Late in 1969,
the traditional Friday night meeting was altered to Thursday.
With an ever-increasing interest in weekend trips further afield,
the Friday night was often required for travelling. The decision
to make this change has resulted in a startling increase in the
numbers attending film and lecture evenings - an average attendance
of fifty to sixty with occasional turn-outs of up to eighty.
the ever-increasing popularity in tramping was shown, by the establishment
of clubs in some of the smaller centres. These include the Maniototo,
Lawrence and Earnslaw Tramping Clubs.
This surge in
popularity for the sport also brought with it the ever-attendant
problem of vandalism. Pyramid Hut, a popular Sunday Mecca for
the older members was burnt down; extensive repairs had to be
made to Jubilee Hut; the Green Hut floor was replaced once again;
and Ben Rudds Hut had to be demolished after excessive vandalism
made repairs impracticable. Approaches to those groups most benefiting
by the use of these huts, several attempts to police them, even
the black-listing of known vandals all had very limited effect.
On the credit side, though, the end of 1971 saw Poplar Hut, Leaning
Lodge and Twenty-five-Mile Hut all in good order, and a start
made on improvements to facilities on the Ben Rudd property. These
improvements included the planting of 5,000 Douglas Fir trees,
and the erection of a " vandal-proof " shelter alongside the old
The 1971 Annual
General Meeting provided one of the most significant milestones
in the 50 year history of the Club. A motion was passed that "
advanced levels of tramping and mountaineering be encouraged"
To fit in with this new concept the Club was renamed "The Otago
Tramping and Mountaineering Club (Inc) ". Not content to rest
on its laurels with this, the meeting went even further in appointing
ten senior members to act as consultants to the committee. Only
time will tell if this move proves successful in bringing together
the experience of the older members and the enthusiasm of the
The Club has
always shown an active interest in Conservation and National Parks,
both through personal efforts of members as well as representation
through the Federated Mountain Clubs and the Dunedin District
Conservation Committee. During the height of the "Save Manapouri"
campaign several letters to the press were written on behalf of
the Club and door-to-door canvassing obtained nearly 1,000 signatures
to the petition. Members, both individually and collectively,
have taken an active interest in the affairs of both Mount Aspiring
and Fiordland National Parks, with a number of Club members being
board members of the former. Annual well-attended work parties
to both parks have been a feature of Club programmes for some
continue to be organised by the Club for the National Mountain
Safety Council, with instructees from these courses providing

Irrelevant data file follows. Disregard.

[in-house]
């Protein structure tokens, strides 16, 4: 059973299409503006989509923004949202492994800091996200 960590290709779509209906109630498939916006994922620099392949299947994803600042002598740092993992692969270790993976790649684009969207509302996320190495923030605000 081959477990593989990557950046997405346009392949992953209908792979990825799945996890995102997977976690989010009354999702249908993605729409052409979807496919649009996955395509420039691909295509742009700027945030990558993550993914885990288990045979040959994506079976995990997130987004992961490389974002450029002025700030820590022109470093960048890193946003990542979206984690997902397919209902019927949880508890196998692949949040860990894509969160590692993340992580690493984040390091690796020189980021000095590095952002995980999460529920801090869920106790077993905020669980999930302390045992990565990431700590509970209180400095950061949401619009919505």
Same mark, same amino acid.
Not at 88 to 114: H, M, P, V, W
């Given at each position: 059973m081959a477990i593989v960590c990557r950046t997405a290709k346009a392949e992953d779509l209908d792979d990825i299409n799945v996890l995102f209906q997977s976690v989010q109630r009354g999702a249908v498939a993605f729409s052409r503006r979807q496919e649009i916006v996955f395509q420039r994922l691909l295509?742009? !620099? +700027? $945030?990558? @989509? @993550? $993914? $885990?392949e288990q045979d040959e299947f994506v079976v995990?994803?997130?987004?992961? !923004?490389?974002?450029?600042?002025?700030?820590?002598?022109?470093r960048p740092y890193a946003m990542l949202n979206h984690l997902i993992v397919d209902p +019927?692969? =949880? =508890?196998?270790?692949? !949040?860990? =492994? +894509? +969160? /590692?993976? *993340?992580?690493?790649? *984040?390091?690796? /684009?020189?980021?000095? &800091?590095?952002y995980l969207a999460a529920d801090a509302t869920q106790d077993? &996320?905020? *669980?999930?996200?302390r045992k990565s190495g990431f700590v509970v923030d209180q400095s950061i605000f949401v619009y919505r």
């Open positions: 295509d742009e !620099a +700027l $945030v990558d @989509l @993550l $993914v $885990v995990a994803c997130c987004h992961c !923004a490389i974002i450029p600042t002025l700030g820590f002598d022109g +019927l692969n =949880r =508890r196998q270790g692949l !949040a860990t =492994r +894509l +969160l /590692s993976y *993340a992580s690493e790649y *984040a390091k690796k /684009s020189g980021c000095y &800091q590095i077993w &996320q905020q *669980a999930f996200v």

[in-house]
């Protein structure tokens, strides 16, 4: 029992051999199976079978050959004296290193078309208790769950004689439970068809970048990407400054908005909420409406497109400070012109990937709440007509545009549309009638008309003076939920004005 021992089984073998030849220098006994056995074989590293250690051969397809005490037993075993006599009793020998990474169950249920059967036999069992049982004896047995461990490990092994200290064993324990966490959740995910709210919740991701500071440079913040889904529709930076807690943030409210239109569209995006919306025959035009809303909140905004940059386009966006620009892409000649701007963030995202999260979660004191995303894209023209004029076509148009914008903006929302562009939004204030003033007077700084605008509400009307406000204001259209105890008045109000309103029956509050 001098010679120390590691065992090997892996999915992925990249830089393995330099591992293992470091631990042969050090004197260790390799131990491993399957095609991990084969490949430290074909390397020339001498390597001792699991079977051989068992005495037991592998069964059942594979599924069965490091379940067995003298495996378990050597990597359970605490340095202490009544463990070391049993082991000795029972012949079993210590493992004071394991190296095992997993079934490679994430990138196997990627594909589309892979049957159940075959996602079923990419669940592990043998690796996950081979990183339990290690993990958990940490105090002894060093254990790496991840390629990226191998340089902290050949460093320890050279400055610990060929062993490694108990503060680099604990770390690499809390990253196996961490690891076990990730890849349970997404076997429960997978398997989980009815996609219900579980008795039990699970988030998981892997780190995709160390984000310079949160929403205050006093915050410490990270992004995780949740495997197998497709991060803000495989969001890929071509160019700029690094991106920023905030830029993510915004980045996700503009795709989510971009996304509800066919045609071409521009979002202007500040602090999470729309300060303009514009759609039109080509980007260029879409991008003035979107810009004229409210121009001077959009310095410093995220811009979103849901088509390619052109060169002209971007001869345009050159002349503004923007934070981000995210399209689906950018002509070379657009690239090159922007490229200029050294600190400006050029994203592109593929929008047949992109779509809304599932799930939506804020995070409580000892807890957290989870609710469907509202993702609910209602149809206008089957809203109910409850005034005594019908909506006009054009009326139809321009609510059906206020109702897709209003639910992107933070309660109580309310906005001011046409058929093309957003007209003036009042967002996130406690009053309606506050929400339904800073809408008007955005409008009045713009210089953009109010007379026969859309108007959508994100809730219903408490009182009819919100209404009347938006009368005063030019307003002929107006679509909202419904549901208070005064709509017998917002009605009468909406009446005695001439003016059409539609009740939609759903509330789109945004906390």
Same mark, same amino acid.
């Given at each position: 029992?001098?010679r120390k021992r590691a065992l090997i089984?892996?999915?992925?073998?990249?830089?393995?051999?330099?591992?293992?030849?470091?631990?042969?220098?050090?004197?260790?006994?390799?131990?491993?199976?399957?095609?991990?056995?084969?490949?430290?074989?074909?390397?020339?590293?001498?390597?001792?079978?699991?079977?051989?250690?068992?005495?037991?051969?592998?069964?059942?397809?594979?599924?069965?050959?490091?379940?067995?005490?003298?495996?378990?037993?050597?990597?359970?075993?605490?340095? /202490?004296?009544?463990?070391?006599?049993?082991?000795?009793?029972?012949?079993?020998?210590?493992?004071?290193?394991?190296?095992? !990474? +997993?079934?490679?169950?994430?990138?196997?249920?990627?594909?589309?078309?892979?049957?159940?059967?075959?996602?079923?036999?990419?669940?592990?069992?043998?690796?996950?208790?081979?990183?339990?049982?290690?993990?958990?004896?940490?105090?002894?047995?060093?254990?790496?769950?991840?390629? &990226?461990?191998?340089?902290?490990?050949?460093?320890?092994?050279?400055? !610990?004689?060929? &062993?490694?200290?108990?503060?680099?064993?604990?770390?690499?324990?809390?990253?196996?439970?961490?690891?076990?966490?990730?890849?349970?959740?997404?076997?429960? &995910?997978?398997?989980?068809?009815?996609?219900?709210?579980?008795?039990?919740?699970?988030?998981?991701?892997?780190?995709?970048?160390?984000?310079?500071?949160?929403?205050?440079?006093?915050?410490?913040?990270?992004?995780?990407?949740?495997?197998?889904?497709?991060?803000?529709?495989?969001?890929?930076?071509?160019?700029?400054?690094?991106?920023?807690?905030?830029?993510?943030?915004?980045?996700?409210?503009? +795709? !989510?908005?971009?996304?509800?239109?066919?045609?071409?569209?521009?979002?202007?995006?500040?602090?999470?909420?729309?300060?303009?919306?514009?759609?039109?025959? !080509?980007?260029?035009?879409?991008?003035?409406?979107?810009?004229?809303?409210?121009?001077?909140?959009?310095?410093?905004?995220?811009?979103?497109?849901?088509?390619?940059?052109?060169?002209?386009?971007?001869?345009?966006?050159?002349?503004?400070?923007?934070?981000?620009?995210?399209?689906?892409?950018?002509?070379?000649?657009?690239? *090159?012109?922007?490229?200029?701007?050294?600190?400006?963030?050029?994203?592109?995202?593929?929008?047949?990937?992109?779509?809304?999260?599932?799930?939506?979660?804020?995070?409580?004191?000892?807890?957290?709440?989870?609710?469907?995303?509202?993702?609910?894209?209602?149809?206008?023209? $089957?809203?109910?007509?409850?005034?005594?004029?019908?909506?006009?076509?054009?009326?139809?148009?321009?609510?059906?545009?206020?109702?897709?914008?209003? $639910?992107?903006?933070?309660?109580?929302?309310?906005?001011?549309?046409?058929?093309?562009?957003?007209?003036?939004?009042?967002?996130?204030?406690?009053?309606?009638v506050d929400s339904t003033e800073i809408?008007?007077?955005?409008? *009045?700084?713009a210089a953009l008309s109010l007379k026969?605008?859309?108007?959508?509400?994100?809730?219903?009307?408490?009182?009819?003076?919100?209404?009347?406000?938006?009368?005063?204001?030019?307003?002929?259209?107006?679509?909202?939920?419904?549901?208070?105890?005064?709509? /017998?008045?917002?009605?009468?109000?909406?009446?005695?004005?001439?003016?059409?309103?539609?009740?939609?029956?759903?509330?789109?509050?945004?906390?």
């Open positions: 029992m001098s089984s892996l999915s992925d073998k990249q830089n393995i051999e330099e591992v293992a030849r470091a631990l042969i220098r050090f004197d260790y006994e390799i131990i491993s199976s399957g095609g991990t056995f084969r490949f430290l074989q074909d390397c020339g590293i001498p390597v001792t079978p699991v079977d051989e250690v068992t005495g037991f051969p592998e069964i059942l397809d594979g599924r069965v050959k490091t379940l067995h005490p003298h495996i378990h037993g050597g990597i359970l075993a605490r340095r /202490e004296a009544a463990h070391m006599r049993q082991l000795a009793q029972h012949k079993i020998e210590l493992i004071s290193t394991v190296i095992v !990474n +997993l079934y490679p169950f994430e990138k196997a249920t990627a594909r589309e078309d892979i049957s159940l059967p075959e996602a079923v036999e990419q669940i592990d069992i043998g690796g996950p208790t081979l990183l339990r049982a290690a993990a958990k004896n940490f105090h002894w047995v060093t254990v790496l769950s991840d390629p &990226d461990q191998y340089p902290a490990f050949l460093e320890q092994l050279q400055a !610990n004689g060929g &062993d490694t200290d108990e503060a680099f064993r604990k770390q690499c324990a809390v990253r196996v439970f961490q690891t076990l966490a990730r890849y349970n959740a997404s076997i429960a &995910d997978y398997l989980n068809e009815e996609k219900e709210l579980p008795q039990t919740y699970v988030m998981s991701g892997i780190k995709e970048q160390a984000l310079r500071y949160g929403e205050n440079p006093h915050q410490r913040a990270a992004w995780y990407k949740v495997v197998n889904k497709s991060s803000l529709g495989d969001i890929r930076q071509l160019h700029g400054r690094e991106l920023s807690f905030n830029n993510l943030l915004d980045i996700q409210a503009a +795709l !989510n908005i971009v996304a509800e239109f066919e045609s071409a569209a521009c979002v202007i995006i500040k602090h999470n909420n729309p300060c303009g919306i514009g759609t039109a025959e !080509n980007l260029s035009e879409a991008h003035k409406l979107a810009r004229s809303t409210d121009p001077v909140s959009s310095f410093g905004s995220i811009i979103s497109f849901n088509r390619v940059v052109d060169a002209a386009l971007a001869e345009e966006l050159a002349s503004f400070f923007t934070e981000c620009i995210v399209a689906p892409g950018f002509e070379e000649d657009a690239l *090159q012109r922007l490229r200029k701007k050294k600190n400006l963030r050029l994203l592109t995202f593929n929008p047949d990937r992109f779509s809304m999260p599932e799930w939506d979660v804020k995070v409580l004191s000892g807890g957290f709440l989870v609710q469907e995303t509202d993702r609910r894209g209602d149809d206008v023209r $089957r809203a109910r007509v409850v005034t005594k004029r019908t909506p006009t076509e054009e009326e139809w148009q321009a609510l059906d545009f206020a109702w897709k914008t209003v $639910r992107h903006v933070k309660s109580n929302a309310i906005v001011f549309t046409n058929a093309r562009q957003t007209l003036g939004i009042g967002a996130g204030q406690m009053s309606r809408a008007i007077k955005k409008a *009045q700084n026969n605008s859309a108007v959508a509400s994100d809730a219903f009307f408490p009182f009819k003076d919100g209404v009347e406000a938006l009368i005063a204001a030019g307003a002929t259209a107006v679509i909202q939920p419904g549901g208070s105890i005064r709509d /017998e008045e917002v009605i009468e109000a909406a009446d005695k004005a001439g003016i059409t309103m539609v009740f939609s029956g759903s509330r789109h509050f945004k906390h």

the greater proportion of new members in the Club. R. Brasier,
R. McKenzie and H. Stoddart have at different times acted as Course
Directors. In July 1972, a snow-craft course was organised by
Bryan Freeman, but unseasonal heavy snow and flooding isolated
Dunedin and resulted in one weekend's instruction being cancelled.
A later weekend, however, allowed a certain amount of ice and
snow work to be covered in the area around Ball Hut.
Search and Rescue
operations have always had the full backing of the Club, with,
on occasion, up to 60 members on call for ground support parties.
During the early seventies there were frequent local searches
for missing persons as well as a coastal search for a missing
fishing boat. The Club can be proud of the fact that a number
of its members play an active part in the Dunedin Face Rescue
After the steady
increase in membership of the late sixties, the number has levelled
off at somewhere around 280. The committee considered that this
was a sufficiently large enough number to warrant a membership
secretary, and this was endorsed by the 1972 Annual General Meeting.
The Family Tramping
Group, under the expert guidance (plus it is suspected, a certain
amount of connivance) of Lyall Campbell and Marie McDonald, continues
to thrive, with up to fifty children and adults taking part in
some of the trips. Easter and Christmas camps have always been
a feature of this group's activities, with some very pleasant
combined camps being held with the Hokonui Club.
What has been
written so far shows the healthy interest the Club has taken in
affairs around it, but its main aim, that of promoting tramping
and climbing, should not be lost sight of.
A lot of the
former appeal of the Silver Peaks area has been lost in recent
years. Intensive farming practice has resulted in roading, fencing
and burning off, and this together with the forestry development